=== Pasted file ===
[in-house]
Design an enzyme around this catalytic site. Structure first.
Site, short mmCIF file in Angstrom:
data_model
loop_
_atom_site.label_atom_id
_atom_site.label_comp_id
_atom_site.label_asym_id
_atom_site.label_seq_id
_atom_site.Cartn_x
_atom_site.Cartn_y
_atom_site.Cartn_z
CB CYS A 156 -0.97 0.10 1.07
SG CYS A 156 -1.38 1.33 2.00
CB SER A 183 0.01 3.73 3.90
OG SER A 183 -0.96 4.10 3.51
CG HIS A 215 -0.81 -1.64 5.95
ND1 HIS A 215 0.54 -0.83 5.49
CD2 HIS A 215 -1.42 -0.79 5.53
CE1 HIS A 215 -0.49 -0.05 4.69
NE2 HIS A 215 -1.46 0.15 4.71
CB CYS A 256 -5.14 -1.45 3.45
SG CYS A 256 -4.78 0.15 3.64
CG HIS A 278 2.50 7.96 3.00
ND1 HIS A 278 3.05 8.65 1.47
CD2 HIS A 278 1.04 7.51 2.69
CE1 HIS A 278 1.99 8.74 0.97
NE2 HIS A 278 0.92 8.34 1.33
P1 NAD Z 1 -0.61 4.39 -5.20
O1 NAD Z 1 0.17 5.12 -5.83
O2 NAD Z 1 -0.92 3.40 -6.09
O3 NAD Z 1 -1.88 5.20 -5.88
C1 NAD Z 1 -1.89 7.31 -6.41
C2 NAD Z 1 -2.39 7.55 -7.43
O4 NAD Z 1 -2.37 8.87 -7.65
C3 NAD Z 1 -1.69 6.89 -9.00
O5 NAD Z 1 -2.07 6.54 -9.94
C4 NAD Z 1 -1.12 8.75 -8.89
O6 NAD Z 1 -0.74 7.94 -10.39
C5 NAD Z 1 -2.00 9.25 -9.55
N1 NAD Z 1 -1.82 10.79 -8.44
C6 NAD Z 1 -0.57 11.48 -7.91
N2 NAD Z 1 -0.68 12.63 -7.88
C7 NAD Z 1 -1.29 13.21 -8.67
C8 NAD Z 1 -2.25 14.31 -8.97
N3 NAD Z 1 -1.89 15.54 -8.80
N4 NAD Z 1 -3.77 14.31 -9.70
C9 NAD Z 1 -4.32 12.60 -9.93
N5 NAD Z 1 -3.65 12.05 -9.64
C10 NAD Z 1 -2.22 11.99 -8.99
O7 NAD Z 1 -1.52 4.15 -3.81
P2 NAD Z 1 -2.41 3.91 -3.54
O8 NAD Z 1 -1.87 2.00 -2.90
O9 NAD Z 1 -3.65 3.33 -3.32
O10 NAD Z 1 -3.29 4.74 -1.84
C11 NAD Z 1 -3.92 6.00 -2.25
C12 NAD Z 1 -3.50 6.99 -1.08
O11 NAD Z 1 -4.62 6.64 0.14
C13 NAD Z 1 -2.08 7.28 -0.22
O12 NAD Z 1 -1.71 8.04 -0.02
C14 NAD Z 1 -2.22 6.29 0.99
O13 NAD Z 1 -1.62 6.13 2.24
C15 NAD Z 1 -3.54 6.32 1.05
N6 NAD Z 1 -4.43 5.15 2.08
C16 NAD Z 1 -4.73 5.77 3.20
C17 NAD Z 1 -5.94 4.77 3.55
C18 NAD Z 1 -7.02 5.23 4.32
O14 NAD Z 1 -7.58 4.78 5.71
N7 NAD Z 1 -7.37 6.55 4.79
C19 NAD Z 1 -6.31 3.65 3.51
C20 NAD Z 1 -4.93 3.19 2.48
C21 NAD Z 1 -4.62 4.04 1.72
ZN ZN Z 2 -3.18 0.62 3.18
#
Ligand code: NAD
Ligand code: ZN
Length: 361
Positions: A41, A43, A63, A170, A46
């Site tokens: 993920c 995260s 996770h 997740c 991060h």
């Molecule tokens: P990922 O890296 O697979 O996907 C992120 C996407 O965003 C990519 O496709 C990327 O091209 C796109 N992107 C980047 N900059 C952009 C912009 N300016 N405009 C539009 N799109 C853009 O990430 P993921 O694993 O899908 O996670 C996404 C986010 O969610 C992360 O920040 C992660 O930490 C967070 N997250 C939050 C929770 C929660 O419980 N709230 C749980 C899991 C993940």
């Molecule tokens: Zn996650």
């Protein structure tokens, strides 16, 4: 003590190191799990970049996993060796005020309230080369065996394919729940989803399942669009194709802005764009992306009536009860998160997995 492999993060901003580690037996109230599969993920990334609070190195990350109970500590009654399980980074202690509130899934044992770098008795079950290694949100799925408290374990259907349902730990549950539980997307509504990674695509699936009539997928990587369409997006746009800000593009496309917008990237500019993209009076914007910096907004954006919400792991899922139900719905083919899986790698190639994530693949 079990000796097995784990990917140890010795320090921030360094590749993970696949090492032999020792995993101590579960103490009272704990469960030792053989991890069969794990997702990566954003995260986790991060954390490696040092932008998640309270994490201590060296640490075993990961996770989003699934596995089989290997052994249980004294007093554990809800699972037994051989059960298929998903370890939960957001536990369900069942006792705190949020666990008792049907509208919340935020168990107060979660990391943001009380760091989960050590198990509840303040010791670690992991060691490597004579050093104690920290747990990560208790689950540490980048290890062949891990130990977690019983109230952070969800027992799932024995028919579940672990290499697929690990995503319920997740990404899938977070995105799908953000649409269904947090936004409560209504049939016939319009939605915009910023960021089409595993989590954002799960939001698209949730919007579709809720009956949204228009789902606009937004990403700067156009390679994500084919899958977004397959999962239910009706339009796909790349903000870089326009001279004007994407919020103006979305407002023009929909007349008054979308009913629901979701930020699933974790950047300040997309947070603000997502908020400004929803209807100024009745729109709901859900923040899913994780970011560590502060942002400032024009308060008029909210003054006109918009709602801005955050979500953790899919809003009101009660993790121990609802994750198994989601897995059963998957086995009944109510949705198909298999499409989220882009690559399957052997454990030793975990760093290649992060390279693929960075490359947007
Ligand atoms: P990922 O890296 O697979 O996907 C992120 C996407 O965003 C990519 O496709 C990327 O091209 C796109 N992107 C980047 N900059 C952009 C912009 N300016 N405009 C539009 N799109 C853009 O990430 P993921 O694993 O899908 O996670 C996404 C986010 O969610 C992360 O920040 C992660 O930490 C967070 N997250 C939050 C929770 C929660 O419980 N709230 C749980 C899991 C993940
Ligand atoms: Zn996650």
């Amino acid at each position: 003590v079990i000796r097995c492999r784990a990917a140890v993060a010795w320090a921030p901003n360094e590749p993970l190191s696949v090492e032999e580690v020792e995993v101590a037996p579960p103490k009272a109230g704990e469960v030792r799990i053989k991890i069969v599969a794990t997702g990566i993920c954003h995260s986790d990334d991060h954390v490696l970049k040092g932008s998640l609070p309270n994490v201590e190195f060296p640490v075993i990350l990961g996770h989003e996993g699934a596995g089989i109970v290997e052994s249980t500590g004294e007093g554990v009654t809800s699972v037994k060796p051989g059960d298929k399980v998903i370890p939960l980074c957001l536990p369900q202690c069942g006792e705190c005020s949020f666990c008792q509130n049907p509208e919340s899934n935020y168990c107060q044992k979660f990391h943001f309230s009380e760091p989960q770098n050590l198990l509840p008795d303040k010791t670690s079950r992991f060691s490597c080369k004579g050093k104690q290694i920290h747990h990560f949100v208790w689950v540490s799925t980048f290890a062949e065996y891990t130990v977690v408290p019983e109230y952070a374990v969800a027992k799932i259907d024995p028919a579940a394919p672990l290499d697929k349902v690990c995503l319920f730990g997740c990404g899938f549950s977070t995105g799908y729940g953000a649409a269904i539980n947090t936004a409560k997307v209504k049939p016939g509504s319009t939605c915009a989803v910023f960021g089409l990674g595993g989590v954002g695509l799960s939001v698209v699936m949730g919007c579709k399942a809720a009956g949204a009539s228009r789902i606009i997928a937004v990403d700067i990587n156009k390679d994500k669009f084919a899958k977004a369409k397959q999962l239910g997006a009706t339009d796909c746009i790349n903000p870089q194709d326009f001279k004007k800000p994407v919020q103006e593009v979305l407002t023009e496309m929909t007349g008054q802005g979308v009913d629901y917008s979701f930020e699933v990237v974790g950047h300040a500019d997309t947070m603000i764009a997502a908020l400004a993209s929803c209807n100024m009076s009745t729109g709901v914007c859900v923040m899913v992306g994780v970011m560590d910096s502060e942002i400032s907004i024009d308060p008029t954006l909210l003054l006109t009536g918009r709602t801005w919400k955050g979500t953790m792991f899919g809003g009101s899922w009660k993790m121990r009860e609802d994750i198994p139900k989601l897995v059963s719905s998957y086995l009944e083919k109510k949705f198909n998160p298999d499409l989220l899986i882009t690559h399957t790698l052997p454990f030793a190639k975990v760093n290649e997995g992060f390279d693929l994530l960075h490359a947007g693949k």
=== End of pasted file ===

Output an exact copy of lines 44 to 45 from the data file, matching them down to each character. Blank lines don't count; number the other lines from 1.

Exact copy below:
C7 NAD Z 1 -1.29 13.21 -8.67
C8 NAD Z 1 -2.25 14.31 -8.97